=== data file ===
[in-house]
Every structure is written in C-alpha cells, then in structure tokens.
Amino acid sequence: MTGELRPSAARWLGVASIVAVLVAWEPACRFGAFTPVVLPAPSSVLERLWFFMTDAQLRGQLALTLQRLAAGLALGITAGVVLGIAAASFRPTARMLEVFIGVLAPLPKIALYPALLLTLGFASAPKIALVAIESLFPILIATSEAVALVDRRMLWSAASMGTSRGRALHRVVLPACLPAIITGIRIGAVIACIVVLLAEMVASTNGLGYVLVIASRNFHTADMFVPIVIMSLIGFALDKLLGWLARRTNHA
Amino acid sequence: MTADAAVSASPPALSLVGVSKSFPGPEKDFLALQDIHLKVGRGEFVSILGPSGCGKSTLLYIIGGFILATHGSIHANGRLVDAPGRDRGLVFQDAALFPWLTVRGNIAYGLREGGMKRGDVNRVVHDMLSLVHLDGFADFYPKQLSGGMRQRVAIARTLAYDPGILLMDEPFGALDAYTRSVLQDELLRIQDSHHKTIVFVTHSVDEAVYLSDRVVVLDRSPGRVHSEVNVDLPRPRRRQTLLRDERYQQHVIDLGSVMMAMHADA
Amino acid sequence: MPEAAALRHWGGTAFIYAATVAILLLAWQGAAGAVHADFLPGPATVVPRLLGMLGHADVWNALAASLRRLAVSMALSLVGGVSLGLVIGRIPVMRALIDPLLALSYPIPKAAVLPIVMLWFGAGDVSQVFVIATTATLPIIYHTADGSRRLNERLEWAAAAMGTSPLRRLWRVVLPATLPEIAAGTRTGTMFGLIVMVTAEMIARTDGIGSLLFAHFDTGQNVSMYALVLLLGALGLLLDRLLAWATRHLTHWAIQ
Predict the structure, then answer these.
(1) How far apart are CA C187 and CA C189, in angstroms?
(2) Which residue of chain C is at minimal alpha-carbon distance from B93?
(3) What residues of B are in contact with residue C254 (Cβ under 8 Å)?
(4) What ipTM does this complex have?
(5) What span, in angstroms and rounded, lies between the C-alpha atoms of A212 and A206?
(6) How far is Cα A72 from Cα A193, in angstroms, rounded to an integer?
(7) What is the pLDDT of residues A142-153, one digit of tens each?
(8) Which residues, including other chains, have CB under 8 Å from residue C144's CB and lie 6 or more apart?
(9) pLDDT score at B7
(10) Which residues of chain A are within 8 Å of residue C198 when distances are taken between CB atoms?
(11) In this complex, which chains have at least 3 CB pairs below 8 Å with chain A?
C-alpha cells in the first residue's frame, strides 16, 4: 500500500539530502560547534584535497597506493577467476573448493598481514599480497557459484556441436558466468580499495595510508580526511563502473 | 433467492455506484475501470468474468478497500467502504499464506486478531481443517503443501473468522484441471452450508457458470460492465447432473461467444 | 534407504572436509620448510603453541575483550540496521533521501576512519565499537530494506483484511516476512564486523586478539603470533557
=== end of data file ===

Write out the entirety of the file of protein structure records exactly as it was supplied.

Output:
[in-house]
Every structure is written in C-alpha cells, then in structure tokens.
Amino acid sequence: MTGELRPSAARWLGVASIVAVLVAWEPACRFGAFTPVVLPAPSSVLERLWFFMTDAQLRGQLALTLQRLAAGLALGITAGVVLGIAAASFRPTARMLEVFIGVLAPLPKIALYPALLLTLGFASAPKIALVAIESLFPILIATSEAVALVDRRMLWSAASMGTSRGRALHRVVLPACLPAIITGIRIGAVIACIVVLLAEMVASTNGLGYVLVIASRNFHTADMFVPIVIMSLIGFALDKLLGWLARRTNHA
Amino acid sequence: MTADAAVSASPPALSLVGVSKSFPGPEKDFLALQDIHLKVGRGEFVSILGPSGCGKSTLLYIIGGFILATHGSIHANGRLVDAPGRDRGLVFQDAALFPWLTVRGNIAYGLREGGMKRGDVNRVVHDMLSLVHLDGFADFYPKQLSGGMRQRVAIARTLAYDPGILLMDEPFGALDAYTRSVLQDELLRIQDSHHKTIVFVTHSVDEAVYLSDRVVVLDRSPGRVHSEVNVDLPRPRRRQTLLRDERYQQHVIDLGSVMMAMHADA
Amino acid sequence: MPEAAALRHWGGTAFIYAATVAILLLAWQGAAGAVHADFLPGPATVVPRLLGMLGHADVWNALAASLRRLAVSMALSLVGGVSLGLVIGRIPVMRALIDPLLALSYPIPKAAVLPIVMLWFGAGDVSQVFVIATTATLPIIYHTADGSRRLNERLEWAAAAMGTSPLRRLWRVVLPATLPEIAAGTRTGTMFGLIVMVTAEMIARTDGIGSLLFAHFDTGQNVSMYALVLLLGALGLLLDRLLAWATRHLTHWAIQ
Predict the structure, then answer these.
(1) How far apart are CA C187 and CA C189, in angstroms?
(2) Which residue of chain C is at minimal alpha-carbon distance from B93?
(3) What residues of B are in contact with residue C254 (Cβ under 8 Å)?
(4) What ipTM does this complex have?
(5) What span, in angstroms and rounded, lies between the C-alpha atoms of A212 and A206?
(6) How far is Cα A72 from Cα A193, in angstroms, rounded to an integer?
(7) What is the pLDDT of residues A142-153, one digit of tens each?
(8) Which residues, including other chains, have CB under 8 Å from residue C144's CB and lie 6 or more apart?
(9) pLDDT score at B7
(10) Which residues of chain A are within 8 Å of residue C198 when distances are taken between CB atoms?
(11) In this complex, which chains have at least 3 CB pairs below 8 Å with chain A?
C-alpha cells in the first residue's frame, strides 16, 4: 500500500539530502560547534584535497597506493577467476573448493598481514599480497557459484556441436558466468580499495595510508580526511563502473 | 433467492455506484475501470468474468478497500467502504499464506486478531481443517503443501473468522484441471452450508457458470460492465447432473461467444 | 534407504572436509620448510603453541575483550540496521533521501576512519565499537530494506483484511516476512564486523586478539603470533557